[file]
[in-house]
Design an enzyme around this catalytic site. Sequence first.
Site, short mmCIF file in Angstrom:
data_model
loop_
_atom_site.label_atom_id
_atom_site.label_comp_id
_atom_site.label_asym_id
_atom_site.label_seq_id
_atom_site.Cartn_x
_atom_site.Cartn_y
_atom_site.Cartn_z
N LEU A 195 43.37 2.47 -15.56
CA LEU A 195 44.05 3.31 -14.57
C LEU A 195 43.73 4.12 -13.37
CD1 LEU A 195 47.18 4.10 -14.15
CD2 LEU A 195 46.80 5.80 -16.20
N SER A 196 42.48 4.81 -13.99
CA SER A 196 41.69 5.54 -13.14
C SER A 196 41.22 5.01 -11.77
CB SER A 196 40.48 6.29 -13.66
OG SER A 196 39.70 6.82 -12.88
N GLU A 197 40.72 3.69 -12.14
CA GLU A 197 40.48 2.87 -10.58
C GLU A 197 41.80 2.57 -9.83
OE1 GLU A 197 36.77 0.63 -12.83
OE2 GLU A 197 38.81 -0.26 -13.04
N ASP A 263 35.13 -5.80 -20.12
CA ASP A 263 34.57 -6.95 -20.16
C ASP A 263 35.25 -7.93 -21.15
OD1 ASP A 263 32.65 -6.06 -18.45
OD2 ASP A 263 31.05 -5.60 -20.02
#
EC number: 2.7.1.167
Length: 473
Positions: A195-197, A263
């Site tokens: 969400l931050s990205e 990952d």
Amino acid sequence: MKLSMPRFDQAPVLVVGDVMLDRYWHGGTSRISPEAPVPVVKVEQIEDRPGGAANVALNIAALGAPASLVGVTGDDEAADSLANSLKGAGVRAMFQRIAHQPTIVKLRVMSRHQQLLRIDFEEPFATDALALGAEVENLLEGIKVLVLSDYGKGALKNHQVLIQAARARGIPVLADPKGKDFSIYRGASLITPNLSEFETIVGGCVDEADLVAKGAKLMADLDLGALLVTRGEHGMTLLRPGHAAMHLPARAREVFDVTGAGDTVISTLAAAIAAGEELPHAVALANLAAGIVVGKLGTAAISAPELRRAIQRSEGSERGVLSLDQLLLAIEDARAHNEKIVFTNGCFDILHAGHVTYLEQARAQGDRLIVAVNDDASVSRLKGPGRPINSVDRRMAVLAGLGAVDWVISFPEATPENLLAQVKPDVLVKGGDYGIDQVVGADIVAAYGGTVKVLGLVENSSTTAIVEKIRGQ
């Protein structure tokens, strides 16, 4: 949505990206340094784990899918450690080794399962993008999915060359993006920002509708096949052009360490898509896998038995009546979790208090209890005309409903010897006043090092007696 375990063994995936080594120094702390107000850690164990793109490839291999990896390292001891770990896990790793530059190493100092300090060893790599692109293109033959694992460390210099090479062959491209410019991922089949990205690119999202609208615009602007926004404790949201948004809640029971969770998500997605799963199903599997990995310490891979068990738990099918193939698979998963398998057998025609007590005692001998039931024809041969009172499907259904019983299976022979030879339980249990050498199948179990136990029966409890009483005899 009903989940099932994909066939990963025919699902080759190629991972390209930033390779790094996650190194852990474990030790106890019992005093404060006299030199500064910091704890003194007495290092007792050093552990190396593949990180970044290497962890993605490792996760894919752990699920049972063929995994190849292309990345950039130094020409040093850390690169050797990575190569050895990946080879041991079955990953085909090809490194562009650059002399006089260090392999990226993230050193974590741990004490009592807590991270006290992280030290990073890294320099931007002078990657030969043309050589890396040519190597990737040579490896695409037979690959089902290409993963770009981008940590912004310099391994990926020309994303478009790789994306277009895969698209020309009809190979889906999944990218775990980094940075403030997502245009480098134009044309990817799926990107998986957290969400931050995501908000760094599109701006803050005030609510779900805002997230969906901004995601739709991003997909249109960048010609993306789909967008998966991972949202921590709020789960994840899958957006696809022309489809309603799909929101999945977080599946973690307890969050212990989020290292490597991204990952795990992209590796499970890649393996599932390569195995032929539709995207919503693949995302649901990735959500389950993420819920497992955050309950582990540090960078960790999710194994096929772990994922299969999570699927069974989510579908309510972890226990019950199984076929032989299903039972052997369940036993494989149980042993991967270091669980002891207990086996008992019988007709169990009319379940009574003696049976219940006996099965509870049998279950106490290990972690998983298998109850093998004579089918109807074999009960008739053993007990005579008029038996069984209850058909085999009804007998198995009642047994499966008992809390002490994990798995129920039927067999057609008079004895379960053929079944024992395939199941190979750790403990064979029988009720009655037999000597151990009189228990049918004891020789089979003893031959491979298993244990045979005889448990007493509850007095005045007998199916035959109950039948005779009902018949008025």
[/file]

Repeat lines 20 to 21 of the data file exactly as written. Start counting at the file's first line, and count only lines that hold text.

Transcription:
C SER A 196 41.22 5.01 -11.77
CB SER A 196 40.48 6.29 -13.66